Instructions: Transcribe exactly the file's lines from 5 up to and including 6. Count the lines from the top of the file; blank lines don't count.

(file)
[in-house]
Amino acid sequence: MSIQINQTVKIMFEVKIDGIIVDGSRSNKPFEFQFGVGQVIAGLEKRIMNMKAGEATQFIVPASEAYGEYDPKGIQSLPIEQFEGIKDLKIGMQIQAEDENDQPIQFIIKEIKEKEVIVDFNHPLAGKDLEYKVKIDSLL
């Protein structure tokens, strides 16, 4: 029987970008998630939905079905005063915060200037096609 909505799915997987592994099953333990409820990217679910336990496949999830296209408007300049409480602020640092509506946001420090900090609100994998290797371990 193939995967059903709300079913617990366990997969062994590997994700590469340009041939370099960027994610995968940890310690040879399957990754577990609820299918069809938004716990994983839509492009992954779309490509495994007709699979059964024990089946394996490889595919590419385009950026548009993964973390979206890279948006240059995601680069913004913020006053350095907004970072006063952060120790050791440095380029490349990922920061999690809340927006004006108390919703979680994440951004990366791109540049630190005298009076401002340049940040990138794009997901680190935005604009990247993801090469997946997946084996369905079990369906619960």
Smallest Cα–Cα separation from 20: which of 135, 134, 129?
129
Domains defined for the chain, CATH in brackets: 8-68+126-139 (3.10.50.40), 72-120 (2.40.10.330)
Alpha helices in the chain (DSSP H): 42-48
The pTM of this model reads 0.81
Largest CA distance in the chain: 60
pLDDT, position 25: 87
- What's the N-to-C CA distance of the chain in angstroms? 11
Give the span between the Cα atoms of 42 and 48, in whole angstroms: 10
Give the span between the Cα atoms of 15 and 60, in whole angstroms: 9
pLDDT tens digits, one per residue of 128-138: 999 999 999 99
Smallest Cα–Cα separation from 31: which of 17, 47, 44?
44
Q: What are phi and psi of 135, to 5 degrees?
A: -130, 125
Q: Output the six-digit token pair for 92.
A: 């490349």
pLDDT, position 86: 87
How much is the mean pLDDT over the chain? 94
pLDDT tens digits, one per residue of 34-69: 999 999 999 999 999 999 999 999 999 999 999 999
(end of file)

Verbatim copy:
129
Domains defined for the chain, CATH in brackets: 8-68+126-139 (3.10.50.40), 72-120 (2.40.10.330)